For months District Judge Jim Parsons, a candidate for the Texas Supreme Court, has spent his free time dialing for dollars. In a state primed for political change by an influx of Latino voters, he is one of five Democratic candidates who hope well-placed campaign spending will help break the Republican Party's lock on the high court. But to compete he must first beg for thousands of dollars from the very lawyers and litigants whose fortunes are determined by judges just like him. "I'm sitting here right now, looking at a notebook where I have all the towns broken down and the lawyers listed," Parsons said woefully on a recent afternoon devoted to fundraising. Each name demanded a phone call. And each phone call required a careful dance. Unlike a politician, Parsons cannot promise political favors in exchange for campaign lucre. He cannot predict his rulings on any future cases. But because of a June ruling by the US Supreme Court, his donors may soon expect more. In a divided decision, the court removed barriers that have historically kept Parsons and his fellow candidates from taking public positions on political disputes. Judges and lawyers have traditionally held that such public discussion of issues like abortion or the death penalty might hamper judges from deciding each case on its own merits. The ruling is likely to exacerbate a crisis of credibility already gripping many of the thirty-nine states that elect appellate judges. In 2000, direct contributions to state Supreme Court campaigns rocketed nationally to $ 45.6 million, a 61 percent increase over the previous peak in 1998 and twice as much as in 1994. The flood of money is driven by a fierce battle over judicial philosophy that has pitted trial lawyers, consumer advocates and unions against corporations, their attorneys and their trade associations. In recent years, the corporate interests have gained the upper hand thanks in part to a vast investment in voter education campaigns that skirt disclosure rules, while hammering away at the idea of impartial legal review. "I'm just overwhelmed that judicial races have been politicized to this extent," said Parsons, fully expecting that business groups would mount an independent campaign against him, one that could dwarf his lawyer-by-lawyer fundraising. The politicization has already tainted public opinion of the judiciary. Three out of four Americans now believe that the need to raise campaign cash compromises the impartiality of elected judges, according to a poll released in August by the American Bar Association. Even lawyers and judges have begun to hold their noses. A poll sponsored in 1999 by the Texas Supreme Court found that 79 percent of the state's lawyers and 48 percent of its judges think campaign contributions have a significant impact on judicial decisions. This fall, the stage is set for state Supreme Court races in thirty-three states that will be even more costly and possibly more harmful to the judiciary's public face. Major corporations working through the US Chamber of Commerce plan to raise as much as $ 25 million in undisclosed contributions, more than twice what the group raised in 2000. The companies' interests are clear: They seek to shift the makeup of state courts to judges who are much less likely to uphold costly product liability and personal injury verdicts, and in some cases environmental regulations. Jim Wootton, the head of the chamber's judicial campaign, has warned both supporters and opponents to expect an unprecedented election season. "There will be a significant expansion of our level of activity," he told a group of supporters last year. This will likely mean costly and bitter elections in states like Texas, Ohio, Michigan, Florida, Louisiana, Illinois, Mississippi, Alabama and Idaho, where the voters' decisions could alter the courts' ideological makeup. Other business groups plan to enter the maw as well, including the Business Roundtable, the National Federation of Independent Business, the Judicial Evaluation Institute and Citizens for a Sound Economy, a nonprofit funded largely by David Koch, co-owner of the energy giant Koch Industries. State Democratic parties, unions and trial-lawyer groups are preparing their own state campaigns in response, though they appear to be far behind in both fundraising and national coordination. "I think we are playing some catch-up here," said Steve Rosenthal, the political director of the AFL-CIO. "It's something we think is a real threat and a challenge to working people." These expectations bode poorly for reformers who have been trying to curb the ever-increasing politicization of the one branch of government designed for political independence. In January, the American Bar Association endorsed public financing of campaigns as one way to lessen the political pressures. "There is an undermining of faith in the impartiality of the judiciary," says Bob Hirshon, the ABA's outgoing president, who called the recent Supreme Court decision a "Pandora's box." "Checks and balances are at risk of being eliminated at the state level." In recent years, the single greatest wild card in judicial races has been the influx of anonymous spending beyond the direct control of candidates. Stealing a page from recent presidential elections, groups like the Chamber of Commerce have purchased "issue advertising," often in the form of televised attack ads that do not explicitly endorse a candidate with terms like "vote for" or "elect." This technique, which has also been used by the state Democratic and Republican parties, insulates donors from disclosure, allowing for nastier, more underhanded tactics. In 2000 such issue ads used dubious readings of the record to accuse judges of coddling pedophiles, accepting bribes for rulings or secretly harboring gay-rights agendas. A study by the Brennan Center for Justice, which reviewed the nation's seventy-five largest television markets, found that the chamber and other business groups purchased two-thirds of the independent group-sponsored ads in the 2000 judicial races. A full 80 percent of the group ads attacked judicial candidates, compared with only 18 percent of the ads purchased by candidates. The backers of these spots remained nameless until last September, when internal documents from the chamber were leaked to the Wall Street Journal, naming Home Depot, Wal-Mart, DaimlerChrysler and the American Council of Life Insurers as $ 1 million donors. In at least two cases, the vicious tone of the ads backfired with voters, helping elect the chamber's opponents in Ohio and Mississippi. But such setbacks are minimal compared with the success business interests have had since corporations began using judicial elections to achieve their legislative ends. Elected Supreme Courts in Texas, Idaho, Michigan, Pennsylvania and Alabama have all shifted over the past decade to favor business interests following costly campaigns. In some cases, the new courts have proceeded to overturn established legal precedent in areas deemed crucial to corporate interests, like arbitration law and the limitation of jury awards. "The business community is not always successful, but on balance it is batting over .500," said Anthony Champagne, a professor of government and politics at the University of Texas, Dallas. "The trial lawyers and the unions don't seem to have come close to effectively mobilizing against them." These successes have encouraged the business lobby to expand its involvement. An in-house study commissioned last year by the Business Roundtable, a Washington lobbying group of corporate CEOs, concluded that corporations could benefit from even greater coordination on judicial elections. As a result, the Roundtable will join in the US Chamber's effort this year, recruiting Morgan Stanley, Household International and the Dutch insurance juggernaut AEGON to contribute to the 2002 campaign. Home Depot and Mass Mutual are also giving to the chamber, according to the National Journal, a charge the companies will neither confirm nor deny. "We're not just focused on electioneering," explains Jeanne de Cervens, the director of government relations for AEGON, which owns such brands as Transamerica and Monumental Life. "It's an overall effort, a comprehensive effort." By far the single biggest issue driving the massive spending is "tort reform," a catchall term that generally involves new limits on the amount a jury can award victims in product liability or personal injury cases. Over the past decade, manufacturers, retailers and insurance companies have successfully ushered dozens of tort reform laws through state legislatures, but the courts in thirty-two states have held portions of those laws unconstitutional. Enraged corporate leaders have labeled the judges "activists," rejected their judicial reasoning out of hand and threatened them with costly, knock-down, drag-out re-election campaigns. That is exactly what happened in Ohio in 2000, when the US Chamber and Ohio state chamber of commerce went after Justice Alice Robie Resnick in one of the most divisive judicial elections on record. Resnick, an incumbent Democrat, had written a 4-to-3 opinion that struck down a tort reform bill passed by the state's Republican legislature and signed into law by a Republican governor. Two Republican Supreme Court judges and one Democrat concurred with Resnick's opinion, which noted that the court had already ruled much of the law unconstitutional in a prior version. But business groups nonetheless vowed retribution. Both chambers designed television spots that bordered on character assassination. One by the state chamber portrayed Resnick as lady justice holding a scale showered by money from trial lawyers. The voiceover accused her of reversing a ruling on behalf of a contributor, an accusation later debunked by state newspapers. (With deft irony, the ad ended by asking "Is Justice for Sale in Ohio?" though its financial backers never identified themselves.) Buoyed by voter displeasure with the ads, Resnick won by a wide margin, preserving for the moment the 4-to-3 ideological majority on the court. But the victory may be temporary. This year Ohio will have at least two seats up for election, and observers are predicting a repeat battle. Fundraising has already outstripped past records, with the four candidates raising more than $ 1.9 million in the primary alone, far more than was raised in the entire 1996 judicial election. "The Supreme Court is the only real battle where you really have an opportunity to change the philosophical makeup of a body," said Roger Geiger, the Ohio director of the National Federation of Independent Business, the nation's largest small-business lobby. "You will see a much more galvanized business community." Such a prospect worries judges like Resnick, who blame business groups for bringing a new level of cynicism to the judicial races. "They still believe money buys these elections, and they want to control the Supreme Court," she said. The prospect also concerns Richard Mason, the director of the Ohio Academy of Trial Lawyers. Despite the promise of six- or seven-figure campaign sums from the state's trial lawyers, Mason expects to be outgunned by another influx of anonymous campaign spending filtered through business groups. "We really are talking about whether we want elections to be decided by people out in the open or corporations in secret," he said. Meanwhile, in other states, business groups have targeted Supreme Courts for another politically charged reason: environmental regulations. John Echeverria, the director of the Environmental Policy Project at Georgetown University, has tracked environmentally explosive races in Oregon, Washington, Louisiana, Michigan and others. He points to the 2000 Idaho Supreme Court race as a prime example. The race began in 1999, when Justice Cathy Silak, a Democrat, wrote a 3-to-2 decision that upheld the federal government's rights to control the water in certain designated wilderness areas. Even though Silak had ruled against the federal government in other water-rights cases, the state's mining companies, real estate interests and newspapers lambasted her opinion as political fiat. The Idaho Statesman editorialized, "There is one quick-fix solution available to voters: elect a new supreme court Justice." In the campaign that followed, Republican leaders hammered home the water-rights theme, telling voters to turn out Silak or they would end up "pretty dry." The Idaho Christian Coalition joined the campaign, polling candidates about their belief in evolution and stand on abortion. Allied groups ran advertisements that warned voters of the possibility that Silak might endorse same-sex marriage and partial-birth abortion. A secretive North Carolina outfit conducted a push poll that asked voters whether they "support the move by the courts to transfer control over Idaho water rights to the federal government." In the primary, voters turned Silak out of office by a nearly 20 percent margin. Months later, when mining companies, a paper manufacturer and several municipal bodies filed for a rehearing of the water-rights case, another justice, Linda Copple Trout, reversed her stand, bringing the court's opinion with her. Though she had first ruled with Silak, Trout said her change of mind benefited from the "opportunity to further examine the federal reserved rights doctrine." She also happens to be running for re-election this year. For Echeverria, the Idaho experience shows the effectiveness of business spending on judicial races. "Special interests figured out that you can get more bang for your buck in state judicial elections," says Echeverria. No company has embraced this philosophy more than Koch Industries, the nation's second-largest privately held company and the culprit responsible for the largest civil fine ever imposed on a corporation under federal environmental laws. (The company paid $ 30 million in penalties for more than 300 oil spills from Koch facilities.) Koch has long been a sponsor of lavish "educational" junkets for state and federal judges, and its reach can be traced to many of the most contentious state judicial elections. But more often than not, company executive involvement is shielded behind front groups with misleading names, like Citizens for a Sound Economy. This Koch-backed group campaigned in 2000 for business-supported judges in at least four states, distributing more than a million voter guides, lawn signs and pieces of direct mail that railed against the contributions of trial lawyers. Asked about the group's plans for 2002, spokesman Marty Reiser said, "We will absolutely be involved." That involvement will likely include the work of an obscure Oklahoma company called Sequoyah Information Systems, which produces "evaluations" of judicial performance that brand judges as pro- or antibusiness based on a selection of their past rulings. Founded by Marc Nuttle, a conservative activist who ran Pat Robertson's 1988 presidential campaign, the group makes sure its evaluations grab headlines wherever they are released, most recently causing a splash in Pennsylvania, where an evaluation condemned the losing Democratic candidate as a potential liability to the state's economy. Through much of the late 1990s the surveys were produced with the help of two other political operatives: Ron Howell, a former Koch executive and lobbyist, and the political consulting firm run by Tom Cole, the former chief of staff for the Republican National Committee. The US Chamber has since adopted Sequoyah's tactics. Last year the organization hired Cole as a senior adviser for its tort reform campaign. (Both he and Nuttle have since announced their intention to run against each other for Representative J.C. Watts's Oklahoma Congressional seat.) The chamber also began working with another front group, called the Judicial Evaluation Institute, which plans to commission more studies from Sequoyah this fall. John McMackin Jr., a legal adviser to the institute who has lobbied on behalf of asbestos defendants, said the group plans many more surveys. "As the chamber becomes more active in this area," he said, "we supply them with all their evaluations." McMackin said JEI's board included the Denver-based real estate entrepreneur Paul Ogle, former Clinton aide Greg Lawler and J. Frederic Rench, a trustee of the Heritage Foundation. McMackin would not disclose the group's funders. For some donors, he said, disclosure "inhibits them." Lack of financial disclosures will likely dog judicial elections for years to come. In April a federal court ruled that the US Chamber did not need to disclose the financial backers of its television ads during the 2000 judicial races in Mississippi. The Fifth Circuit Court of Appeals relied on legal precedent that allows regulation of issue ads only when they use explicit words like "vote for." "We recognize that the result we reach in this case may be counterintuitive to a common sense understanding of the message conveyed by the television political advertisements at issue," the court wrote in its unanimous decision. "Nevertheless, the result is compelled by the First Amendment as interpreted by the Supreme Court." Federal campaign finance reform, which is on fast track for judicial review later this year, could clear up this legal muddle. Under the law signed in March by President George W. Bush, independent expenditures in federal races will be regulated in the weeks leading up to an election. If the courts approve the law, reformers hope to propose similar regulations on state judicial races. Roy Schotland, a law professor at Georgetown University who has closely studied judicial elections, believes that even if the courts continue to reject such regulation, disclosure requirements could pass constitutional muster if they were narrowly tailored to large contributions specifically for judicial elections. Schotland has also proposed limits on the amounts that one law firm can give to an election, which would help deal with excesses of suspiciously generous donations by members of big law firms. "There are major firms in some states, where they will have a Republican night and a Democratic night," Schotland said. In North Carolina, advocates are optimistic that the state legislature will adopt a public financing system for appellate court races and a new government-sponsored voter guide. Candidates would receive public funds, raised from general taxes and lawyer fees, if they agree to limit their own fundraising. If passed, the bill could prove the first success since the American Bar Association began supporting public financing, which might encourage qualified candidates who don't want to join the money chase. Similar changes have been frustrated in Wisconsin, Illinois and Texas, though reformers in each state remain optimistic. "You never want to jinx yourself," said Chris Heagarty, executive director of the North Carolina Center for Voter Education. "But we've got a 50-50 shot on this." Nonetheless, the North Carolina bill, in its current draft form, would do little to regulate or restrict independent expenditures. For two years now, Schotland has helped to gather Supreme Court justices who have been meeting under the auspices of the National Center for State Courts to explore other possible reforms. The judges have discussed extending term limits, eliminating partisan elections and establishing independent review boards. The latter plan has recently been adopted by the Louisiana Supreme Court, which set up a board to monitor judicial campaign activity. As an officially sanctioned watchdog, the group is empowered to speak out against unscrupulous campaign tactics, battling free speech with more speech. Other groups are working to do away with judicial elections altogether, though they face a steep battle in convincing citizens to give up their vote in favor of judicial appointment by elected officials, or merit selection. "No state has moved from popular selection to merit selection in over ten years," said Seth Andersen, the ABA's project manager for judicial independence. (The most recent attempt at dissolving judicial elections, during the 2000 elections in Florida, lost by a margin of 2 to 1.) "I think we have to recognize that people want to elect," said the Texas candidate Parsons, though he had no immediate solution to the skyrocketing amounts of money. "The same people that are pouring millions of dollars into races don't want to change it, because they are winning." That leaves judges like Parsons with his list of lawyers to call and difficult decisions about how to navigate the murky world of political speech while remaining impartial enough to hear future cases without prejudice. Parsons is not optimistic. "I'm afraid that justice is still for sale in Texas and other states," he said. "It's just that there are different sellers and different buyers." And with that he went back to making his phone calls.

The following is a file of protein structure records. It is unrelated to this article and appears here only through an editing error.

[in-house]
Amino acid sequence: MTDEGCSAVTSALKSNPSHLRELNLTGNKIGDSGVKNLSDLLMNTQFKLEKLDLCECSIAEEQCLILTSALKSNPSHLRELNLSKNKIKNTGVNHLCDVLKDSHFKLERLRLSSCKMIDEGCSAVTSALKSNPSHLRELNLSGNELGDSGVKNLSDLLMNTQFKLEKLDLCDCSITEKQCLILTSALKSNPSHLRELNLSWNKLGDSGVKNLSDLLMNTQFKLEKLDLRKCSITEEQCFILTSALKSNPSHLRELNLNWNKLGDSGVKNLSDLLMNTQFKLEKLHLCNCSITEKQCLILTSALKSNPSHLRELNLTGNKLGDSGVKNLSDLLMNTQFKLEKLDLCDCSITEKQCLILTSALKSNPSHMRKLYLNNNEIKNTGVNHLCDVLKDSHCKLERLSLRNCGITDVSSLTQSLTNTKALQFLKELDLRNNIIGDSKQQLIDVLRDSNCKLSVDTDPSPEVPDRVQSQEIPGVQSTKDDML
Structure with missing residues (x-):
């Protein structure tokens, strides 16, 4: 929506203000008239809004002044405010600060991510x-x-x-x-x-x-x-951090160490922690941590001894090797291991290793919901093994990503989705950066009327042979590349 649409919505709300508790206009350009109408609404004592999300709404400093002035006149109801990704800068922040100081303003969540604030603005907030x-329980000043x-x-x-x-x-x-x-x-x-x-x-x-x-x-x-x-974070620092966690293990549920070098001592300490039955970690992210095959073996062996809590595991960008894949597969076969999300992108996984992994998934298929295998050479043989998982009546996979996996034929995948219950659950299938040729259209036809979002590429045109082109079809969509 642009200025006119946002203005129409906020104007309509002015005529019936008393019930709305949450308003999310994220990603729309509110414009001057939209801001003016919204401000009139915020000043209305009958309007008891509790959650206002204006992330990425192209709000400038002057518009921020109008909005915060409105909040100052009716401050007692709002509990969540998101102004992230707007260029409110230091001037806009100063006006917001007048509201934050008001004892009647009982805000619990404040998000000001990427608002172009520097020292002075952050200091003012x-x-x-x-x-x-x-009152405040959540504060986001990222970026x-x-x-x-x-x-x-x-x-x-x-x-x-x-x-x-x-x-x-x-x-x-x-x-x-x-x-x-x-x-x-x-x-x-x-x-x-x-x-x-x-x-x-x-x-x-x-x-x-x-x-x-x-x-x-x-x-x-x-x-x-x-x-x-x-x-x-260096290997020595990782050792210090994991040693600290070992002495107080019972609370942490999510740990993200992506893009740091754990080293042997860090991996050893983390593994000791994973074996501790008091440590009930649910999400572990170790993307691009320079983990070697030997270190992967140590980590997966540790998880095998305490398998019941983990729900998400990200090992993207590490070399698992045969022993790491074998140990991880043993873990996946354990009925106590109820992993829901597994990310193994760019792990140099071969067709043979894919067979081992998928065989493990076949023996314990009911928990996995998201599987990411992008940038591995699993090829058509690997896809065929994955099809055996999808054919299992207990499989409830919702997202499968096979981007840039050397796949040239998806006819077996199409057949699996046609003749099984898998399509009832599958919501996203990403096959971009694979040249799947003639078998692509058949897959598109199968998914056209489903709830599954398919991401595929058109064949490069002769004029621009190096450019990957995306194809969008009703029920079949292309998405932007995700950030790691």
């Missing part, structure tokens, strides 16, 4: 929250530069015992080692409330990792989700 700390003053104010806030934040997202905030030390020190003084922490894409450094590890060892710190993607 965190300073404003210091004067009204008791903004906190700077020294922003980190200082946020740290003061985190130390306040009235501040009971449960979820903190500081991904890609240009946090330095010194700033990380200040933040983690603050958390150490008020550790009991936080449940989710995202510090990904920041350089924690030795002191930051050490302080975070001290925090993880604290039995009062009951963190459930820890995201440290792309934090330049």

09/02/2002